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When to start treatment

In the UK, standards for HIV treatment and care are set and monitored by the British HIV Association, or BHIVA, the professional association for HIV doctors and other healthcare professionals. These standards are reviewed regularly. The most recent guidelines on HIV treatment were produced in 2012.

There is no clear point when anyone with HIV should start treatment with anti-HIV drugs. Your doctor will discuss a range of issues with you, before working with you to decide when you should start. This will include weighing up the likely benefits and risks for you of starting treatment as opposed to waiting until later.

It is recommended in the UK HIV treatment guidelines that you start taking HIV treatment immediately if you are ill because of HIV, or if you have an AIDS-defining illness.

If you do not have any symptoms, then these guidelines recommend that you start treatment when your CD4 cell count is around 350. CD4 cells are a type of immune system cell, and doctors use the number of CD4 cells you have as a marker of the health of your immune system. Clinics use a test that measures the number of CD4 cells in a cubic millimetre of blood. CD4 cell counts in HIV-negative people range from about 500 to 1500. You can find out more about CD4 cell counts in the NAM booklet CD4, viral load & other tests.

Your doctor should start discussing HIV treatment with you when your CD4 cell count is approaching 350. Once your CD4 cell count is around 350, you are advised to start treatment as soon as you are ready. In some situations – for example, if you have another health condition such as hepatitis – your doctor may recommend you start treatment when your CD4 cell count is still above 350. Studies to determine the best time to start HIV treatment are being carried out.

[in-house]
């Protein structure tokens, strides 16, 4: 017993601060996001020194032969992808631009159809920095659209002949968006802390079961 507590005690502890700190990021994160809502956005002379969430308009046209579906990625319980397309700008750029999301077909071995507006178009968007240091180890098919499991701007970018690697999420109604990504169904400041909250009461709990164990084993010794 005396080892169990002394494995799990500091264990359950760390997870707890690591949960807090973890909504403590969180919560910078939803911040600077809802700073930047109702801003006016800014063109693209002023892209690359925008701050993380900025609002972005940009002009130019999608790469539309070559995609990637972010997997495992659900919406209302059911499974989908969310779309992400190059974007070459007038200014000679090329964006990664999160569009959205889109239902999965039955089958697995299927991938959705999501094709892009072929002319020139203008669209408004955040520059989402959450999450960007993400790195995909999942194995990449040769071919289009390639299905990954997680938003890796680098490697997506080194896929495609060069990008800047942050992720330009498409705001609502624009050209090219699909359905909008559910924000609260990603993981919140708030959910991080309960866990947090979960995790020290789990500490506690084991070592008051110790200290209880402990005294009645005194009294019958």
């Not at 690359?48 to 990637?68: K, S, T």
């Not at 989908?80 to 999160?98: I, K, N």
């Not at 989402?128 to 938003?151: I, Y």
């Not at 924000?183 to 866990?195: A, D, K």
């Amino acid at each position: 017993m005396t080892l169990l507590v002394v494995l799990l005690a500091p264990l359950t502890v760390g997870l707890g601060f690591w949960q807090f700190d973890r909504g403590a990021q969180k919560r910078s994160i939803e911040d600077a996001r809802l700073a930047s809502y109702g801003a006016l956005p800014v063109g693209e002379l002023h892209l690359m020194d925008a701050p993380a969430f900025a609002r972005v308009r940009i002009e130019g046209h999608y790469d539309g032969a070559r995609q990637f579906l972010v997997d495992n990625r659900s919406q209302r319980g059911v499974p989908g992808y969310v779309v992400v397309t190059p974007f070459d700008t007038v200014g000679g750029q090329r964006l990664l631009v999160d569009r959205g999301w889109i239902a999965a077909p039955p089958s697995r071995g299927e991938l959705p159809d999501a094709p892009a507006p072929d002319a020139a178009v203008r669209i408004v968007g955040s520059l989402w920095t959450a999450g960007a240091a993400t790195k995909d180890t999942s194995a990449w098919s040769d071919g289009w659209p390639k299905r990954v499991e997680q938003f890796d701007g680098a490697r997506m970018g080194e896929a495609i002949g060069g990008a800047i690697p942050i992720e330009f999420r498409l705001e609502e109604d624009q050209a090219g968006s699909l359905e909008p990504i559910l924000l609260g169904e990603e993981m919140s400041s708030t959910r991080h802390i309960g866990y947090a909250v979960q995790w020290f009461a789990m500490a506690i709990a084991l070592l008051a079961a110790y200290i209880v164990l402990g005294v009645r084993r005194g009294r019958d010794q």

Your doctor may ask you if you want to participate in a clinical trial. Clinical trials for people starting HIV treatment may look at the best time to start HIV treatment, or compare different combinations of anti-HIV drugs. You can find out more about taking part in a clinical trial in NAM’s factsheets at

Starting HIV treatment with a low CD4 count

Modern HIV treatment is highly effective. Many people who start HIV treatment when their CD4 count is already low (200 or under) will see it start to climb after starting treatment. Long-term HIV therapy can result in your CD4 count returning to the normal level for someone of your age. However, if possible, it is better to start treatment before your CD4 count drops this low. It can be harder to bring your CD4 count back up to a normal level for your age if it has been very low at one time.

Anti-HIV drugs

Published March 2012

Last reviewed March 2012

Next review December 2014

Contact NAM to find out more about the scientific research and information used to produce this booklet.

This content was checked for accuracy at the time it was written. It may have been superseded by more recent developments. NAM recommends checking whether this is the most current information when making decisions that may affect your health.